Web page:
From graffiti scrawled on a playground memorializing fallen children to the latest police tape surrounding a murder scene, crime is now a permanent presence on the American landscape. A new victim of violence is created, on average, every 4 minutes in the U.S., and murder kills some 24,000 Americans every year. For the survivors, and the families of those who do not survive, the suffering often goes on and on. In this PEOPLE special report, we look at those who were hurt by terrible crimes to see how they have coped and to what extent their wounds have healed.

Teresa Wheel: A mother searches tirelessly for her son’s killers

Despite the midday California heat, Teresa Wheel stands stoically on a street corner in the middle-class Los Angeles suburb of Hawaiian Gardens. She holds aloft a sign offering a $10,000 reward for information leading to the conviction of those responsible for the murder of her son Kevin, 19, gunned down on this very spot nearly four years ago in a drive-by shooting. An endless stream of cars passes by, with most of the drivers giving her only a glance, if they pay any notice at all. A man driving a red compact slows to a crawl, scrutinizing Kevin’s picture. Teresa tilts the sign forward for better viewing. But as the man cruises by, he shakes his head slowly as if to say, “Sorry.”

Frustration on top of anger on top of inexpressible pain—that is Teresa Wheel’s life these days. Yet two or three times a month she goes to this corner in the faint hope that her luck will change. What motivates Wheel, 43, is the memory of that night, May 3, 1991, when she and her husband, Stan, 45, and daughter Dionne, 26, rushed to Long Beach Memorial Medical Center after learning that Kevin had been shot. By the time they got there, he was already brain-dead. As police reconstructed the crime, Kevin had been sitting in his car stopped at a light when another vehicle filled with gang members pulled up and opened fire, hitting him five times. Kevin was not a gang member, and though he was white and his killers were believed to be Hispanic, police do not think race was a motive. His killing, apparently, was totally random. “You never get past something like this,” says Wheel. “It’s a pain that reaches into the deepest part of your soul and tears you apart.”

In the year after Kevin’s death, that pain seemed only to get worse. “I got so I couldn’t think straight,” says Wheel, who quit her job taking sales orders for a computer-parts company. “I had an ulcer, anxiety attacks, dizziness. I had suicidal thoughts. I just didn’t want to live anymore.” By contrast, her husband, vice president at a parking-lot maintenance company, tried to lose himself in his work. “She keeps what happened up front all the time,” says Stan, “while I try to push it back.” All the same, Stan Wheel acknowledges that, in a profound sense, the death of their son was emotionally numbing for him and Teresa. “Things that used to mean a lot to me don’t mean as much,” he says. “The worst thing that could possibly happen to me has already happened.”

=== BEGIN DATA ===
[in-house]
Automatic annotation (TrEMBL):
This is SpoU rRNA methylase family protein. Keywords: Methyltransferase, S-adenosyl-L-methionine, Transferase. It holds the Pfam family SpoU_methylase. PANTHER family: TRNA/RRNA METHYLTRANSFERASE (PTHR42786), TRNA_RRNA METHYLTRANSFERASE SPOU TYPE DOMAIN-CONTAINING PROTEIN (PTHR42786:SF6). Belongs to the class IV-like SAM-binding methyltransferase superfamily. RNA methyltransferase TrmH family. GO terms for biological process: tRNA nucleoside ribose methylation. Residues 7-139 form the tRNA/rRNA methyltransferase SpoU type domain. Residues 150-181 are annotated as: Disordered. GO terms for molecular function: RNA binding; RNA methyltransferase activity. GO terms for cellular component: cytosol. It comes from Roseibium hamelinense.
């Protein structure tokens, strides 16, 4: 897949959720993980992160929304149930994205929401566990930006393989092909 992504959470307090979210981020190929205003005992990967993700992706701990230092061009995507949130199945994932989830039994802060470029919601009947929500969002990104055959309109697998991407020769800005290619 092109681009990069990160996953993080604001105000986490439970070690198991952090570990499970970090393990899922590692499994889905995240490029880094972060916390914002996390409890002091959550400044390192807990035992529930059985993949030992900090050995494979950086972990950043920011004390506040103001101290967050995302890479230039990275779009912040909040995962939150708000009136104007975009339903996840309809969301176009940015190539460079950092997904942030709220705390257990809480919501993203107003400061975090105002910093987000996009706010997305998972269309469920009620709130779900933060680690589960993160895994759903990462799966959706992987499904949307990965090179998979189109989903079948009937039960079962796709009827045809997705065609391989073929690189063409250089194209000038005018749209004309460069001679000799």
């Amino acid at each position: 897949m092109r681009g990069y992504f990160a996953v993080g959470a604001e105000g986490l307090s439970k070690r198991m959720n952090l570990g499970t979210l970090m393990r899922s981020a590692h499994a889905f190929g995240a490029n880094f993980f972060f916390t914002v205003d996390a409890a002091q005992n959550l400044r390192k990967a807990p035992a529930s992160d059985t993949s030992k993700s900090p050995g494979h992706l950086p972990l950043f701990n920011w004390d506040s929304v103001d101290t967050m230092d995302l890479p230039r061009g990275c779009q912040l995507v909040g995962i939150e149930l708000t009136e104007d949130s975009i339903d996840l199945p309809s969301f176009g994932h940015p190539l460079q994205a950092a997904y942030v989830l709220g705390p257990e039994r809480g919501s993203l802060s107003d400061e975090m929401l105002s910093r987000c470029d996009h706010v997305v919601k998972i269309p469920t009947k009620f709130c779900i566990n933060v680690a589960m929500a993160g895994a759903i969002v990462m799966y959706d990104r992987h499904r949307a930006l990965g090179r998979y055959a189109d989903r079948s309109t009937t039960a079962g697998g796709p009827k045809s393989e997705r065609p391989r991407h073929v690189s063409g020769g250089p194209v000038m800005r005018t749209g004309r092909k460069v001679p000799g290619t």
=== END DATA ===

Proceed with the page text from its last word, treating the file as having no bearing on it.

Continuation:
His wife has found some comfort by joining support groups for parents who have lost children. She and her family also posted 10,000 flyers all over Hawaiian Gardens; a year later, Teresa began frequenting the street corner where Kevin was killed. She even made leafleting trips to the nearby L.A. suburb of Artesia, a gang stronghold, and the place where police suspect the killers may live. It was at times risky business. “Gang members would sometimes drive by and yell, ‘Get out of here, bitch!’ or ‘You’re next,’ ” says Wheel. But for the first time she didn’t feel helpless. Since Kevin’s death, various tips have trickled in, including two anonymous letters naming the purported killers. She has turned the information over to the police, but without anyone willing to testify in court, there is little the authorities can do. “I’m hoping to find someone to help convict these guys,” says Teresa. “But people are afraid of retaliation.”

In the meantime, the family has moved to a new town 20 miles away, and Teresa has begun a new phase of her crusade: lecturing gang members at a juvenile detention facility in Whittier. David Newman, a parole agent who runs the classes, firmly believes that Wheel’s talks about the heartache gang killings cause do have an effect. Wheel isn’t so sure. Nor is she sure how much more she can stand being in the limbo of victimhood—weary of her grief, but unable to let it go. “When I first started out, I said I’d do this forever or until they found the killers,” she says. “Now I don’t know. I just want closure to this. It’s like having an open wound, knowing these guys are still out there.”

Ellen Levin: The Preppy Murder victim’s mom crusades for justice

On the morning of Aug. 26, 1986, the body of a young woman who had been strangled was found by a cyclist in Manhattan’s Central Park, and within days the crime that would come to be known as the Preppy Murder was on its way to becoming one of the city’s most sensational murder cases. Charged in the killing of 18-year-old student Jennifer Levin was handsome 6’4″ Robert Chambers, 19, a college dropout who insisted that he had unintentionally strangled Levin during rough sex. But at times, as headlines screamed “Jennifer Raped Me” and “Jenny Killed in Wild Sex,” it seemed that the dead girl herself, rather than Chambers, was on trial. “We buried her twice,” says Levin’s mother, Ellen, 51. “First she was murdered by this man. Then her reputation was dragged through the mud.”

In the courtroom, Chambers’s defense attorney, Jack Litman, battled unsuccessfully for the right to introduce Jennifer’s diary, which, he claimed, was filled with accounts of her promiscuity. “He told the court that Jennifer Levin lost her right to privacy the day she died,” says Ellen. “That was the statement that changed my life.”

Six years ago, in response to the traumas of the murder and the ensuing trial, Levin, who was divorced from Jennifer’s father, Steven, in 1973, left her job as an advertising executive to found Justice for All, a lobbying group that so far has been instrumental in passage of nine victims’ rights bills in New York State.